Every November, as the temperatures drop and the shopping season heats up, consumers are bombarded with articles and blogs about the hottest new product, device or online shopping trend.
This year will prove to be no different (though hopefully it won’t involve hoverboards).
One trend we’ll be following closely, however, is the adoption of Google’s Showcase Shopping Ads, an emerging ad format designed to enhance the experience of shoppers who are still early in the buying cycle and using broad keywords.
How does the Showcase Shopping Ads programme work?
The ads create a better user experience in search results for mid- to top-of-funnel queries, but they also help retailers by allowing them to closely curate the series of images that appear with certain broad keywords.
After a search, a user can perform a horizontal scroll and see various stores (or retailers) in the auction. And once a user clicks on a “store card,” they’ll go to a page that carries a variety of that store’s products. When they click on a product, they’ll be directed to the advertiser’s website.
A New Way to Look at the Funnel
As we all know, direct response profitability lives in the long-tail terms (think: “Nike blue white running shoes mens size 9”) and erodes the higher you go up the funnel (think: “mens running shoes”). For advertisers with strict ROI objectives, upper-funnel queries tend to get excluded or bid down because of performance. Herein lies the issue from Google’s perspective: a lot of clicks and impressions on these queries with less competitive auctions means lower costs-per-click (CPCs).
With emerging strategies like query-driven shopping, advertisers and agencies are developing and executing on strategies to better align bidding to value, which further advances the erosion of top-funnel bidding.
Google believes it will be sending advertisers more qualified traffic through this format, because shoppers are engaging with the advertiser by clicking into the store card and reviewing products the advertiser has available for purchase before clicking through. Once the click-through occurs, Google has effectively provided the shopper with a lightweight shopping experience that could potentially lead to higher engagement and conversion rates on traffic it sends.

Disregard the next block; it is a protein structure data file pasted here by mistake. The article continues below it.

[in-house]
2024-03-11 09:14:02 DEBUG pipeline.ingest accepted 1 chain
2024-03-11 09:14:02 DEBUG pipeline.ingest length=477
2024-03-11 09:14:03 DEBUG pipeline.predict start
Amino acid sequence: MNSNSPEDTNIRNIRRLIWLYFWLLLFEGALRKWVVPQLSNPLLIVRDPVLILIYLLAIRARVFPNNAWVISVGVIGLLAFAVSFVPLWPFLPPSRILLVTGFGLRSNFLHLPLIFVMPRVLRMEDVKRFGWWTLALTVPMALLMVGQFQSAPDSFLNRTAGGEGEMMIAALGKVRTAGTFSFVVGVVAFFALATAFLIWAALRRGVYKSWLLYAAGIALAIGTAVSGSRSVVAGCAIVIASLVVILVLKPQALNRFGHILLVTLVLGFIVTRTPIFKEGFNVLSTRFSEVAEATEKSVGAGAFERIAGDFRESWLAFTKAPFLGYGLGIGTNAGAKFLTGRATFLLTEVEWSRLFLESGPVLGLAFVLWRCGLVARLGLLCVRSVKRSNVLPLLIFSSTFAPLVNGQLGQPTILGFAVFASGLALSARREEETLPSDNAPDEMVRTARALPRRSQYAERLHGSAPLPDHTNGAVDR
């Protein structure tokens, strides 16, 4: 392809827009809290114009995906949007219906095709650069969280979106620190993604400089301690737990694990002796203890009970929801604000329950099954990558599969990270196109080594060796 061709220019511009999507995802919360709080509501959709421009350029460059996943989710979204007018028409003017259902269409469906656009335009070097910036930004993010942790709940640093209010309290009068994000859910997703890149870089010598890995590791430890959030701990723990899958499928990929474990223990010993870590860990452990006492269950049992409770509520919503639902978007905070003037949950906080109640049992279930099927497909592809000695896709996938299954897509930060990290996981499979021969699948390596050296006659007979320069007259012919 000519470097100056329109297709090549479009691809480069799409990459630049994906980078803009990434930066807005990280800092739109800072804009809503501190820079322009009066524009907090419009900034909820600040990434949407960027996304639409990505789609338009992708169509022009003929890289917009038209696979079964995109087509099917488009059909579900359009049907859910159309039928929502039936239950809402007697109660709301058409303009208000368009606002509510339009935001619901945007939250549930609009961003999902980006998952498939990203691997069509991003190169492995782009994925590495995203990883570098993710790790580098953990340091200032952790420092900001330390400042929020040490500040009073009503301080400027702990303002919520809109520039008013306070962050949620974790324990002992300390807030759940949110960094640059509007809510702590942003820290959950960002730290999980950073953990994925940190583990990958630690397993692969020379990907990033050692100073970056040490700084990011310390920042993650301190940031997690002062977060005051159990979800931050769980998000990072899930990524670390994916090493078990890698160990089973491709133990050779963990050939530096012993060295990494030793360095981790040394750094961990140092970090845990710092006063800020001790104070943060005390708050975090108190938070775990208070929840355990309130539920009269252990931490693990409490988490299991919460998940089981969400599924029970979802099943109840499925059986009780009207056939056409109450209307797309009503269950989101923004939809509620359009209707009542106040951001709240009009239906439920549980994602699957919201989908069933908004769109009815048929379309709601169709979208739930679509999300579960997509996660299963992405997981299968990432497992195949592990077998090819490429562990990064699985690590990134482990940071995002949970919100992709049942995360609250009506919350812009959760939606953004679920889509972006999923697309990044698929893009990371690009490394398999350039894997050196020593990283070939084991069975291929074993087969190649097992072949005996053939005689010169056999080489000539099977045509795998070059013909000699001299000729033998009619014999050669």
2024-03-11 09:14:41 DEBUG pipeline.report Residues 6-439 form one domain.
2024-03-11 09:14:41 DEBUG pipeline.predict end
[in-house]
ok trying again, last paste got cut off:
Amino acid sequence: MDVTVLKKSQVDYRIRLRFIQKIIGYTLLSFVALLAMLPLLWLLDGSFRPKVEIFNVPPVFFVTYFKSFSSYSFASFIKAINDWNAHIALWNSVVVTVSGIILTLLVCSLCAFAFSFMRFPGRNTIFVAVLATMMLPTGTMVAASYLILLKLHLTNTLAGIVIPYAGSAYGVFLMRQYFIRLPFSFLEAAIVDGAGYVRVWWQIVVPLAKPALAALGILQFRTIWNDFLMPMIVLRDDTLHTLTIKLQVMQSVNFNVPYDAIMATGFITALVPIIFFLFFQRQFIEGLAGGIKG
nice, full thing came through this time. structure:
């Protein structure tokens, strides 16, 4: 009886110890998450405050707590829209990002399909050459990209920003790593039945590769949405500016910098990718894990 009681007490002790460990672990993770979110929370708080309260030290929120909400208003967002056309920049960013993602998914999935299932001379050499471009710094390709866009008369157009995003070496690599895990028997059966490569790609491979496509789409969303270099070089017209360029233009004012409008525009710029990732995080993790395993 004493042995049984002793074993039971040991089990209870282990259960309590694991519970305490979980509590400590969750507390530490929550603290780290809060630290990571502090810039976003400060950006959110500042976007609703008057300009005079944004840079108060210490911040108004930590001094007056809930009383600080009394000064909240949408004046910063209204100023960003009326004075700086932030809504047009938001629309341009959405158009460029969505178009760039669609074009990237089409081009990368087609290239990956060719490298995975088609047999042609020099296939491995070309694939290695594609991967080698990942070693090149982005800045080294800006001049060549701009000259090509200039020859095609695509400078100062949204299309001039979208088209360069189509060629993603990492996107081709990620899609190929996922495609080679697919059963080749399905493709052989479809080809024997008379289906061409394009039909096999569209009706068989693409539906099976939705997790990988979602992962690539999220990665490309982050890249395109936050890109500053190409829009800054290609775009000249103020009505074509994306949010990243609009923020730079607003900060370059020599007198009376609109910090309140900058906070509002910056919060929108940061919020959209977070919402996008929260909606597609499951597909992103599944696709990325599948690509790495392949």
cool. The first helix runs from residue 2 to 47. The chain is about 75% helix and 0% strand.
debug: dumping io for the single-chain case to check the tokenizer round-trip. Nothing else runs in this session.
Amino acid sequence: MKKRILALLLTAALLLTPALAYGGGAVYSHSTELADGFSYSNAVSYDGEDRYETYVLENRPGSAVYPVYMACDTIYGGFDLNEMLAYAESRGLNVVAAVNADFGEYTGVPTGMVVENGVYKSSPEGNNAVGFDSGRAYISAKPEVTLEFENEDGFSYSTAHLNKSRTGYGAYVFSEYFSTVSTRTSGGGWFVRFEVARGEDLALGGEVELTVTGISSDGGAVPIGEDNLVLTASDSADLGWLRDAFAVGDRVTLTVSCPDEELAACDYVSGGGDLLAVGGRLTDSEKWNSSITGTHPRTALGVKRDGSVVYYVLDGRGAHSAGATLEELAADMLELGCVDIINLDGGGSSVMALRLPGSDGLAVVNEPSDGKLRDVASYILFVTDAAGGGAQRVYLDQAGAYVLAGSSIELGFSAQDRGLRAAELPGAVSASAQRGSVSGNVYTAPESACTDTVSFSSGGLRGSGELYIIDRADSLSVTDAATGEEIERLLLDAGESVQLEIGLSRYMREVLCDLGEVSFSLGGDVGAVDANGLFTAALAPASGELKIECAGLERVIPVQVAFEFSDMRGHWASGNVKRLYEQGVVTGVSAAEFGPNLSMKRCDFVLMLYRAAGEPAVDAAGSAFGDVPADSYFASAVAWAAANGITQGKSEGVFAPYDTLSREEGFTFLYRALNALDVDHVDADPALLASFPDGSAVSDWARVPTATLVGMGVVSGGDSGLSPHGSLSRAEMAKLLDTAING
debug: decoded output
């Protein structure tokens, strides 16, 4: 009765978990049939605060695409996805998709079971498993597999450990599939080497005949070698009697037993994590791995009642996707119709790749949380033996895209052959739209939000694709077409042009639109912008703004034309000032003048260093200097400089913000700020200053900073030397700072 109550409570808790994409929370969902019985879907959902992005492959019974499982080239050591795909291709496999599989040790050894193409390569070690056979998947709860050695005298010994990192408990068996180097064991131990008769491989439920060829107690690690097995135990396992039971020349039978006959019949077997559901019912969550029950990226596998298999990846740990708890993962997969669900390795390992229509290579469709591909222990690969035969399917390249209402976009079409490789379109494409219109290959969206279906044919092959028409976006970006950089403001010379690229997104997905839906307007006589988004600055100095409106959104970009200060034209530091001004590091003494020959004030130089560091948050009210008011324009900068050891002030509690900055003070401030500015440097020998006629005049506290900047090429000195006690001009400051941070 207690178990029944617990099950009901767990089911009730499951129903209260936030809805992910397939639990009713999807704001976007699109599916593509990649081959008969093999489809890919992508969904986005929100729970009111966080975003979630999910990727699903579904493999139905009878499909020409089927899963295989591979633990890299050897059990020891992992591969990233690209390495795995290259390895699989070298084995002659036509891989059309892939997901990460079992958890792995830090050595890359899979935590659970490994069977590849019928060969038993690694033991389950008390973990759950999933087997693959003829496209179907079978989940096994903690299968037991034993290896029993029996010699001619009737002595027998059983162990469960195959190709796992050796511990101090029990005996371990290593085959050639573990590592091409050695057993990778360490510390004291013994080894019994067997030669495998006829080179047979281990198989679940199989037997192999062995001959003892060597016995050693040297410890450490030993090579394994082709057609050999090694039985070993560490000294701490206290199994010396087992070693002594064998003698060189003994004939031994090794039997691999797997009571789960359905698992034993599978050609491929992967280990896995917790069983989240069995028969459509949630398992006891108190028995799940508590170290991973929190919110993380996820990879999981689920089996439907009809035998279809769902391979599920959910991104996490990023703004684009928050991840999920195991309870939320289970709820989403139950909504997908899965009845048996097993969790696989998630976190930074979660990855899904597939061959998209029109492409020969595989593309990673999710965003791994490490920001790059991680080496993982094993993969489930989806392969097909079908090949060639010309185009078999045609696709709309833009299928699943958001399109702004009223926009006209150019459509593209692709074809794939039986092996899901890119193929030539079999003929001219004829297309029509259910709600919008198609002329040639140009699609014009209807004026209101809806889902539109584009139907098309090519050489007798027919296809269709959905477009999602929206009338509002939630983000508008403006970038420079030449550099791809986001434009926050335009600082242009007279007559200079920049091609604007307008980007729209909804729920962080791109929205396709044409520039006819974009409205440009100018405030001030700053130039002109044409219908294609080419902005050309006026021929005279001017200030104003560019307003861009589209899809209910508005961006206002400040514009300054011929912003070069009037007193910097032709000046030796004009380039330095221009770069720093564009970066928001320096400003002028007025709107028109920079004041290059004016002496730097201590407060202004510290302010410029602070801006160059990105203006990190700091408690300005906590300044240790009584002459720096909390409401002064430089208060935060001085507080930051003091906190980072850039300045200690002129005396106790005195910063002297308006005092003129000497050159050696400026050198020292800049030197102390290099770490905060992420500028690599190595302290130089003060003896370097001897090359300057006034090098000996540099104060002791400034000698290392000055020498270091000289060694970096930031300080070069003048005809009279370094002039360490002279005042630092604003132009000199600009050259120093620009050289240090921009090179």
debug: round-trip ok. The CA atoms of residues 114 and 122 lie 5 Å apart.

In a test of one of our early adopters, we’ve seen a steady uptick in ad clicks (click to enlarge).
While the clicks still account for around 1% of the retailer’s PLA traffic, the click-through rate is around twice that of PLAs. Although it’s a small sample size, the click-through rate is an interesting data point. This could be due to the limited supply of advertising options that are available to consumers through this experience, but we’ll have to watch the data closely in the coming months to learn more.
If this ad format proves successful, we think Google may continue expanding a more robust “on-Google” shopping experience that would increase consumer stickiness on Google and could potentially merge with other Google assets (Purchases on Google) to provide a more complete, end-to-end shopping experience.
Based on the buzz around this ad format, we believe it’s going to be here to stay. But we’ll keep monitoring the results in the weeks to come and update you with our findings.
Until then, have a happy and lucrative Cyber Five!